China's state council has announced plans to elevate environmental protection into a "pillar industry", in a new push towards a greener economy.
Under the scheme, investment in clean technologies to save energy and tackle pollution will receive government support.
China's state cabinet has committed itself to ensure that the environmental protection industry grows by 15 per cent annually to generate a turnover of $810 billion dollars by 2015.
Li Yan, the Head of Climate and Energy Campaign for Greenpeace East Asia, told Radio Australia's the policy promoting environmental protection industries is different from the old ones like the solar panel industry.
"With those policies the intention was really about GDP growth, to create new industry opportunities and make more money," Ms Yan said.
"The intention of this new policy is to tackle environmental problems and to save energy, and make smart use of energy."
Nine categories have been outlined as priority areas for investment, including technologies to prevent air pollution, to monitor PM2.5 floating particles that can settle in lungs and to reduce sulphur dioxide and other pollutants in emissions.
The plan suggests China is accelerating efforts to become a world leader in clean technology.
Ms Yan, however, says pollution will continue to be a problem for China so long as there is no disincentive.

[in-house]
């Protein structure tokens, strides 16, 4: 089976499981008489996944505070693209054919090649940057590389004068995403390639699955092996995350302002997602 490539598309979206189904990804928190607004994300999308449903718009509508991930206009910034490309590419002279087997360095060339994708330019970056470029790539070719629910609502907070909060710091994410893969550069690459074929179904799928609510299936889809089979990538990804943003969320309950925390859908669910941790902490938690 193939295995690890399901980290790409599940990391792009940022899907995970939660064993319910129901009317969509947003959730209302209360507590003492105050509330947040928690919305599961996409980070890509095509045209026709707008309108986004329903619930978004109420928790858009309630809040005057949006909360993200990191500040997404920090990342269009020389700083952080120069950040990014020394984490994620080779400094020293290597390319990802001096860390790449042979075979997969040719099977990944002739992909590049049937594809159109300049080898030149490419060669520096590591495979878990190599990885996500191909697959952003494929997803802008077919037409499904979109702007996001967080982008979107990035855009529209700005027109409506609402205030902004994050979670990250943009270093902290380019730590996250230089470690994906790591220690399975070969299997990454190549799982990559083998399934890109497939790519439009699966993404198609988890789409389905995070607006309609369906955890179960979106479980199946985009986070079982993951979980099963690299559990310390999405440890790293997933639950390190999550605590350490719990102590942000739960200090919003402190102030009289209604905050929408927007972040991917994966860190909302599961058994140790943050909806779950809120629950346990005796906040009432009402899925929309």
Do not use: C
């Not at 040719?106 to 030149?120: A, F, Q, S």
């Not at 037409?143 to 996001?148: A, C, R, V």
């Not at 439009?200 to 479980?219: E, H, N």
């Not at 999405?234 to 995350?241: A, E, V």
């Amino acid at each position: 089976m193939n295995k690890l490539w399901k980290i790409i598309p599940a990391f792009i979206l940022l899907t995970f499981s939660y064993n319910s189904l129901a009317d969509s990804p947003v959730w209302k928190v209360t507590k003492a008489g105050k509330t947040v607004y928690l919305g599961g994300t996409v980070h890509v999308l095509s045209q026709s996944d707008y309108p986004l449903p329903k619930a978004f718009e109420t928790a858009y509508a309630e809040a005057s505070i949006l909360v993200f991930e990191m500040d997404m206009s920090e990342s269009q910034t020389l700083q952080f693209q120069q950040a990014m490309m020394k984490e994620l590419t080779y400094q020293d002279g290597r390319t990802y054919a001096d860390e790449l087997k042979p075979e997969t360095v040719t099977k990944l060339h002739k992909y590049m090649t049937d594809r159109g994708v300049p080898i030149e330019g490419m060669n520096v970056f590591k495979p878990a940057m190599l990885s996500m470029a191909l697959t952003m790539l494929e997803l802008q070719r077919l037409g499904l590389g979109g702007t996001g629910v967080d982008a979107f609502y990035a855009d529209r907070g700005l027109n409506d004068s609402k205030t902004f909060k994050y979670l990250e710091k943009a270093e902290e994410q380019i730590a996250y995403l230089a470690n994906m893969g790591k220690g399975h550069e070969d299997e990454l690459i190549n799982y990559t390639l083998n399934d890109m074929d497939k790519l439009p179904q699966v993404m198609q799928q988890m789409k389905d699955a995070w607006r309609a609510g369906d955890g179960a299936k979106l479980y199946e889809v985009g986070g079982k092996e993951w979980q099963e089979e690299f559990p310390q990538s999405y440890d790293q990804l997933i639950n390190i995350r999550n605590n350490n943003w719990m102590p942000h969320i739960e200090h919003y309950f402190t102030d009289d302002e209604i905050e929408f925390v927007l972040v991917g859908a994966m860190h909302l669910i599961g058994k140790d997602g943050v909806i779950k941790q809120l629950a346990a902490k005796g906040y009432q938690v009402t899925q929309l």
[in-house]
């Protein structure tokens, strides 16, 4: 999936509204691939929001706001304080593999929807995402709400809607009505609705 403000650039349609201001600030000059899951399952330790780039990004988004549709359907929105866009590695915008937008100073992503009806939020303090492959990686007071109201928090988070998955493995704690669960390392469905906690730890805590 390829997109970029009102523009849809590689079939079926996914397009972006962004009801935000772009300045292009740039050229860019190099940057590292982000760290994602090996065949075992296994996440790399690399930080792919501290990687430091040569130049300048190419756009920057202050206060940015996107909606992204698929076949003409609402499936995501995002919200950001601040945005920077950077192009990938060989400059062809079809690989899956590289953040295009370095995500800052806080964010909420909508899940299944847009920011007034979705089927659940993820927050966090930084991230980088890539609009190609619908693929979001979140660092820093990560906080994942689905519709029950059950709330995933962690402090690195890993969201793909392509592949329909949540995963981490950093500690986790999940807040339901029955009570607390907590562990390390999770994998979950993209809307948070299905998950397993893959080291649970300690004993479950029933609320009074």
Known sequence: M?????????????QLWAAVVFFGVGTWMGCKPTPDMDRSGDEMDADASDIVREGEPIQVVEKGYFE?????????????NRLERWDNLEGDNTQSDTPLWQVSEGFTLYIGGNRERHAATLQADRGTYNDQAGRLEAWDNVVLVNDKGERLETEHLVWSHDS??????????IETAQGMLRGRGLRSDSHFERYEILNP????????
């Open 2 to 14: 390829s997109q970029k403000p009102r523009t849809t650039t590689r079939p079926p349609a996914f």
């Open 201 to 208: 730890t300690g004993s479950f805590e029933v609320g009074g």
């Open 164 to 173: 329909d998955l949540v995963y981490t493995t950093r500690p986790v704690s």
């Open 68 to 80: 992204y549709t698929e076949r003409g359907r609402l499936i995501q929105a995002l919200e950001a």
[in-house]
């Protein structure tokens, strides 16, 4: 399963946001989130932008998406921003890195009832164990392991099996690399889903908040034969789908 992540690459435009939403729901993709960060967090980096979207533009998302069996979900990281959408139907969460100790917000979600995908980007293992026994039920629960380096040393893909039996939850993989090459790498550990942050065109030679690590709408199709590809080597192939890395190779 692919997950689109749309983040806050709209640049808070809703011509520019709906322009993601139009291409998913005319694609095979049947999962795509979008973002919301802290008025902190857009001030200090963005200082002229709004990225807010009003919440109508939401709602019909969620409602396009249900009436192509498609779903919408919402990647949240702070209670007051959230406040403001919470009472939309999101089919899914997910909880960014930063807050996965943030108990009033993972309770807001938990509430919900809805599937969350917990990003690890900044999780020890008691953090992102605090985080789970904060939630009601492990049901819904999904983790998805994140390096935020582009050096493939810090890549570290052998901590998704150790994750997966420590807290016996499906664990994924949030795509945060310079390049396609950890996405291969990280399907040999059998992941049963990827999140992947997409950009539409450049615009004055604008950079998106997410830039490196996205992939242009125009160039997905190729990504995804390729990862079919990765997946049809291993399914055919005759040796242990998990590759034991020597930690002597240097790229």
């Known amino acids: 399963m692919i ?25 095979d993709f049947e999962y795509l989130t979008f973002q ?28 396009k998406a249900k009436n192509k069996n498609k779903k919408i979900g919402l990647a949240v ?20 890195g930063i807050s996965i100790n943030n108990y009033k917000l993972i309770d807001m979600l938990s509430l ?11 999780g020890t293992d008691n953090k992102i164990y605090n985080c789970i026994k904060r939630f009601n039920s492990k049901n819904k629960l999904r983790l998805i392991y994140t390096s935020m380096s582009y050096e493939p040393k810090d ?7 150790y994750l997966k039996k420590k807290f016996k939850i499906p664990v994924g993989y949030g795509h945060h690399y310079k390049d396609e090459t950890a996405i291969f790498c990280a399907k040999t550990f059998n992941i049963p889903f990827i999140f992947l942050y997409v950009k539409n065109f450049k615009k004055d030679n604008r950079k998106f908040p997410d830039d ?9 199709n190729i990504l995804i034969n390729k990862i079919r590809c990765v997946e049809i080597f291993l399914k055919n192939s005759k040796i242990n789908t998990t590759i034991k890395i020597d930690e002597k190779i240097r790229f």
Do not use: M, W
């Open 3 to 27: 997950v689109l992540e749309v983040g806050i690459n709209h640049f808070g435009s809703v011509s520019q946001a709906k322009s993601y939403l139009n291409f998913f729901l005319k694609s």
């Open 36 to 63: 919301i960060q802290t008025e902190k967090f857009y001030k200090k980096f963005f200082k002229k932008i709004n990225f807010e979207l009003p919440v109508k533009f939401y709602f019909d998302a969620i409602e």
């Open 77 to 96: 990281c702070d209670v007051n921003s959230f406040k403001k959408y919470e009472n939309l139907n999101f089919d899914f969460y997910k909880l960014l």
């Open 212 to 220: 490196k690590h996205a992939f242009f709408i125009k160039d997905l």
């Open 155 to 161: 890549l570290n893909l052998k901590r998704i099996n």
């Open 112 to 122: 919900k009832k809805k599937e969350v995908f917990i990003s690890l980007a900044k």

"They find the pollution discharge too cheap compared to the cost of installing and running the pollution alleviation equipment," she said.
China's plans to accelerate investment in environmental technologies come as social unrest, caused by environmental disasters and threats to public health, continues to spread.
Smog over the northern cities in January and the discovery of rotting pig carcasses in a river that supplies Shanghai's water in March, generated public outcry that has alarmed the authorities in Beijing.
China is already investing $375 billion dollars in energy savings and emissions reduction in the 5 years through to 2015.
Now it will expand this to other areas including research into environmentally friendly vehicles.
Ms Yan says China's success at tackling pollution and reducing carbon emissions will depend on its future growth paradigm.
"For China the major task is switch its growth paradigm," she said.
"It cannot continue its really unsustainable way of growth. So actually tackling climate change is in China's own interests."